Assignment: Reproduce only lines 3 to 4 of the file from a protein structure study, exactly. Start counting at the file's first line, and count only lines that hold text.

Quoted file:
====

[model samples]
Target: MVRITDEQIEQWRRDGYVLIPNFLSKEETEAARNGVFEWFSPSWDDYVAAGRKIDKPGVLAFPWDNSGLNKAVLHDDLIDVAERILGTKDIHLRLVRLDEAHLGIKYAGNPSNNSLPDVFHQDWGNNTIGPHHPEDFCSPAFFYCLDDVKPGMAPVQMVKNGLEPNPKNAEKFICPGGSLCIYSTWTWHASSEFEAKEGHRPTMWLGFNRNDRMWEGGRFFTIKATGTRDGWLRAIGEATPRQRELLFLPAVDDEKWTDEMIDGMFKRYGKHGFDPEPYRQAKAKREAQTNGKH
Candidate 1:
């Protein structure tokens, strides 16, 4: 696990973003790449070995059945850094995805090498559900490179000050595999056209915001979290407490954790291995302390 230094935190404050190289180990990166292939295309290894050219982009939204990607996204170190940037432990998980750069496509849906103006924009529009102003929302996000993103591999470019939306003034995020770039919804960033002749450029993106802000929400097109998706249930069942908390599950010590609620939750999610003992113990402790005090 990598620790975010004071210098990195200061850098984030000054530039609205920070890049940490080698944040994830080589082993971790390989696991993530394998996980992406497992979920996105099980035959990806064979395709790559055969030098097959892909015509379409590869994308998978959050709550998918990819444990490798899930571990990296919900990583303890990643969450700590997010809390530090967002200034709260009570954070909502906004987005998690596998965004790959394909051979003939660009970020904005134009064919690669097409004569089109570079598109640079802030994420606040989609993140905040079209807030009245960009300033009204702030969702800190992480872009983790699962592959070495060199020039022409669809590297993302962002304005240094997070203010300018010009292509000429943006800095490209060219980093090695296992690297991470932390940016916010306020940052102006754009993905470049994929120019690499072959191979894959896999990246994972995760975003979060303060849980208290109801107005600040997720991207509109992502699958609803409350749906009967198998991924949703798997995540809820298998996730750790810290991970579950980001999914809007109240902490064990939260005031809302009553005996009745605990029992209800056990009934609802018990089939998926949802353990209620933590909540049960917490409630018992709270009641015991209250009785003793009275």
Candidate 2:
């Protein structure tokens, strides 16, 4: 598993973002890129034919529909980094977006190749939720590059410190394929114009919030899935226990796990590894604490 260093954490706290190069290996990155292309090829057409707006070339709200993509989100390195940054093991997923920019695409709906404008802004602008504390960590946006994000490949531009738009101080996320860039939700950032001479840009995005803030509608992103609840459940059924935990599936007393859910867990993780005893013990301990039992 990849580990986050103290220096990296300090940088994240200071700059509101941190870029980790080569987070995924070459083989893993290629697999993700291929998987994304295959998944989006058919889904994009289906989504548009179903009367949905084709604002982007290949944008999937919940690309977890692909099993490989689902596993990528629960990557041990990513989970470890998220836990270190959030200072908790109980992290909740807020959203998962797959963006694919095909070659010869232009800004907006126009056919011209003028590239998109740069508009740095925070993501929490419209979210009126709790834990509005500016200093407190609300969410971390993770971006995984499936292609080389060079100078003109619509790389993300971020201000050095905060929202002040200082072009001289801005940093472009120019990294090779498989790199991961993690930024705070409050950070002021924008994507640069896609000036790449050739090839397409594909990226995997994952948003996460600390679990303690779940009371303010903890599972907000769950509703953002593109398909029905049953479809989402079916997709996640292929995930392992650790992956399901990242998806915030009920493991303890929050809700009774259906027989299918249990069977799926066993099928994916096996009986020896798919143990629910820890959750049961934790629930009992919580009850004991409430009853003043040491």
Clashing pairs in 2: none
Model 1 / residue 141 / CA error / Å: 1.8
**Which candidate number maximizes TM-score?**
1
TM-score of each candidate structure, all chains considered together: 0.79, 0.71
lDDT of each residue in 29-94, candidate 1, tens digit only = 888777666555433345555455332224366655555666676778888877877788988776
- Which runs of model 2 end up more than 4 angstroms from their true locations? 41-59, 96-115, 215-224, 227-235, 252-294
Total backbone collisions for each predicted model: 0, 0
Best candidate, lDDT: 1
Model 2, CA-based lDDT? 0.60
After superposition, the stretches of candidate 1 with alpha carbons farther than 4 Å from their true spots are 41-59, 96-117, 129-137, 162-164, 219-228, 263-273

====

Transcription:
Candidate 1:
């Protein structure tokens, strides 16, 4: 696990973003790449070995059945850094995805090498559900490179000050595999056209915001979290407490954790291995302390 230094935190404050190289180990990166292939295309290894050219982009939204990607996204170190940037432990998980750069496509849906103006924009529009102003929302996000993103591999470019939306003034995020770039919804960033002749450029993106802000929400097109998706249930069942908390599950010590609620939750999610003992113990402790005090 990598620790975010004071210098990195200061850098984030000054530039609205920070890049940490080698944040994830080589082993971790390989696991993530394998996980992406497992979920996105099980035959990806064979395709790559055969030098097959892909015509379409590869994308998978959050709550998918990819444990490798899930571990990296919900990583303890990643969450700590997010809390530090967002200034709260009570954070909502906004987005998690596998965004790959394909051979003939660009970020904005134009064919690669097409004569089109570079598109640079802030994420606040989609993140905040079209807030009245960009300033009204702030969702800190992480872009983790699962592959070495060199020039022409669809590297993302962002304005240094997070203010300018010009292509000429943006800095490209060219980093090695296992690297991470932390940016916010306020940052102006754009993905470049994929120019690499072959191979894959896999990246994972995760975003979060303060849980208290109801107005600040997720991207509109992502699958609803409350749906009967198998991924949703798997995540809820298998996730750790810290991970579950980001999914809007109240902490064990939260005031809302009553005996009745605990029992209800056990009934609802018990089939998926949802353990209620933590909540049960917490409630018992709270009641015991209250009785003793009275």